Sunitinib Malate and Capecitabine in Treating Patients With Unresectable or Metastatic Liver Cancer
This phase II trial studies how well giving sunitinib malate together with capecitabine works in treating patients with unresectable or metastatic liver cancer. Sunitinib malate may stop the growth of tumor cells by blocking some of the enzymes needed for cell growth and by blocking blood flow to the tumor. Drugs used in chemotherapy, such as capecitabine, work in different ways to stop the growth of tumor cells, either by killing the cells or by stopping them from dividing. Giving sunitinib malate together with capecitabine may kill more tumor cells
Adult Primary Hepatocellular Carcinoma
Advanced Adult Primary Liver Cancer
Localized Unresectable Adult Primary Liver Cancer
Recurrent Adult Primary Liver Cancer
Drug: sunitinib malate
|Study Design:||Endpoint Classification: Efficacy Study
Intervention Model: Single Group Assignment
Masking: Open Label
Primary Purpose: Treatment
|Official Title:||The CapSul Trial: A Phase II Study of Sunitinib and Capecitabine for the Treatment of Unresectable or Metastatic Hepatocellular Carcinoma (HCC)|
- Median progression-free survival [ Time Frame: From the start of treatment to time of progression or death from any cause, assessed up to 18 weeks ] [ Designated as safety issue: No ]Analyzed using the Kaplan-Meier method.
- Incidence rate of best clinical response (complete response [CR], partial response [PR], stable disease [SD], or progressive disease[PD]) as assessed by the Response Evaluation Criteria in Solid Tumors (RECIST) [ Time Frame: From the start of the treatment until disease progression/recurrence, assessed every 3 months ] [ Designated as safety issue: No ]
- Median overall survival [ Time Frame: From start of treatment until death from any cause, assessed up to 1 year ] [ Designated as safety issue: No ]
- Categorical changes in ECOG performance status [ Time Frame: Baseline, day 1 of each course, and at the end of treatment ] [ Designated as safety issue: No ]
- Anti-tumor response as assessed by serial AFP measurement [ Time Frame: Baseline, day 1 of each course, and at the end of treatment ] [ Designated as safety issue: No ]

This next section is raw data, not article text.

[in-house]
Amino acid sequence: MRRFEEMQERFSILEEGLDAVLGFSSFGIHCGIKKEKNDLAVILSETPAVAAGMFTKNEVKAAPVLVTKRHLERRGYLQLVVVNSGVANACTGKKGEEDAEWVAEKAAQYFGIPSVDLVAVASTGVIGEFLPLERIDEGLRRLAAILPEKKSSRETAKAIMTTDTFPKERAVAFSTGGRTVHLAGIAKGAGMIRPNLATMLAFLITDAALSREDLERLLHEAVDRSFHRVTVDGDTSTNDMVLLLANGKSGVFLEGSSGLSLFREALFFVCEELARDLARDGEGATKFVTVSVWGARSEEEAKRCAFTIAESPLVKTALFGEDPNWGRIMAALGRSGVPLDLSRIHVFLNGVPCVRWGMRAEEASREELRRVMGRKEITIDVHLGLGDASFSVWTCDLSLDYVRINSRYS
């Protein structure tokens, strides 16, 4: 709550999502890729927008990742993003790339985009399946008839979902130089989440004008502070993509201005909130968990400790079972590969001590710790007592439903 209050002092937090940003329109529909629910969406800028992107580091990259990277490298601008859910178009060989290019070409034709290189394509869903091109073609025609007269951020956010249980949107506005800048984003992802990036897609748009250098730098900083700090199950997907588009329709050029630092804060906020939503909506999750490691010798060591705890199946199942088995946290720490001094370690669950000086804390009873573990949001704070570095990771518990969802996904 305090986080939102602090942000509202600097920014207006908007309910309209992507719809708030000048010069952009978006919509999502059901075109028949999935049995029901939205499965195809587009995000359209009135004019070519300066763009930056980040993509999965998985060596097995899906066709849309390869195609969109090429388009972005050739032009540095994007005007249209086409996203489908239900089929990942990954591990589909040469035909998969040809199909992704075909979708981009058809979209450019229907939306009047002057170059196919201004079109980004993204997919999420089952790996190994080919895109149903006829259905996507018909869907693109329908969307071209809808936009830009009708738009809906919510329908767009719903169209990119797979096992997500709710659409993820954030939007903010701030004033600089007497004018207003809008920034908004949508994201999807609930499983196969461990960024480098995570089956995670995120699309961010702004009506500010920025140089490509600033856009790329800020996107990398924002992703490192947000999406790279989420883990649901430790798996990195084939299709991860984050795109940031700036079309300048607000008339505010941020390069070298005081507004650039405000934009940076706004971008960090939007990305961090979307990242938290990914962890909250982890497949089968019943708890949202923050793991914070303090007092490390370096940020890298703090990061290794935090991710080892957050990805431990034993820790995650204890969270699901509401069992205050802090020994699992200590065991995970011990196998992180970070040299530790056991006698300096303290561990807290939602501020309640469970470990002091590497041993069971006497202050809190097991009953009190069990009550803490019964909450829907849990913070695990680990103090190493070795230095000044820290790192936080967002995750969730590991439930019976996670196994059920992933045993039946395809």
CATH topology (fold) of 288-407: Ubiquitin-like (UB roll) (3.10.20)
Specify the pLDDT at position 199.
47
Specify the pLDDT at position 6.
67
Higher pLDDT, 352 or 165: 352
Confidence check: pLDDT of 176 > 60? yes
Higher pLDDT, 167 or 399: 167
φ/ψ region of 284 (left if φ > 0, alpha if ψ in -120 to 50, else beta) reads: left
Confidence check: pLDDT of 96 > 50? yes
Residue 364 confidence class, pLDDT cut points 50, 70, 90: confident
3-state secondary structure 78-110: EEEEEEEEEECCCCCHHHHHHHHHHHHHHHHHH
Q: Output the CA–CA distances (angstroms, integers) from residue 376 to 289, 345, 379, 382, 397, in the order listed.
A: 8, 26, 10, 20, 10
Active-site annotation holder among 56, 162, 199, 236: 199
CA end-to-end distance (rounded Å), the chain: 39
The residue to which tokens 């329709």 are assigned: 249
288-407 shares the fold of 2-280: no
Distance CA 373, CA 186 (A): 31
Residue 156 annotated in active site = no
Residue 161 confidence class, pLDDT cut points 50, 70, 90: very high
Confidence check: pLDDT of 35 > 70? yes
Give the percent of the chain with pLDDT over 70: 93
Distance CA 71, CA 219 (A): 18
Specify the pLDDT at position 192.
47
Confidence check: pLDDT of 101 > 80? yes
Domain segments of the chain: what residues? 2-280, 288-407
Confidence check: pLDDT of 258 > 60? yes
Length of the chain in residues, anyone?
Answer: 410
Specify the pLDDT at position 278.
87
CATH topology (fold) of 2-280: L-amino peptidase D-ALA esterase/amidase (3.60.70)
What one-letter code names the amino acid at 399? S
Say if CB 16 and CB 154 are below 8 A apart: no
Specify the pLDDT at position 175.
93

- Incidence of treatment-emergent adverse events [ Time Frame: Day 1 and day 30 after the last dose of study drug ] [ Designated as safety issue: Yes ]
- Toxicity as assessed by changes in laboratory values, vital signs, and physical examination findings and rated by NCI Common Toxicity Criteria for Adverse Events (CTCAE) version 3.0 [ Time Frame: At each clinic visit ] [ Designated as safety issue: Yes ]
|Study Start Date:||September 2008|
|Study Completion Date:||June 2010|
|Primary Completion Date:||April 2010 (Final data collection date for primary outcome measure)|
Experimental: Treatment (sunitinib malate and capecitabine)
Patients receive sunitinib malate PO QD on days 1-21 and capecitabine PO BID on days 1-14. Courses repeat every 21 days in the absence or disease progression or unacceptable toxicity.
Drug: sunitinib malate
Other Names:Drug: capecitabine
I. To determine the progression-free survival of patients with unresectable or metastatic hepatocellular carcinoma (HCC) treated with sunitinib and capecitabine.
I. To determine the overall survival, response rate by Response Evaluation Criteria in Solid Tumors (RESIST) criteria, alpha fetoprotein (AFP) response, survival at one year, and safety and tolerability.
Patients receive sunitinib malate orally (PO) once daily (QD) on days 1-21 and capecitabine PO twice daily (BID) on days 1-14. Courses repeat every 21 days in the absence or disease progression or unacceptable toxicity.
After completion of study treatment, patients are followed up every 3 months for up to 2 years.
Please refer to this study by its ClinicalTrials.gov identifier: NCT00787787
|United States, Washington|
|Fred Hutchinson Cancer Research Center/University of Washington Cancer Consortium|
|Seattle, Washington, United States, 98109|
|Principal Investigator:||Samuel Whiting||Fred Hutchinson Cancer Research Center/University of Washington Cancer Consortium|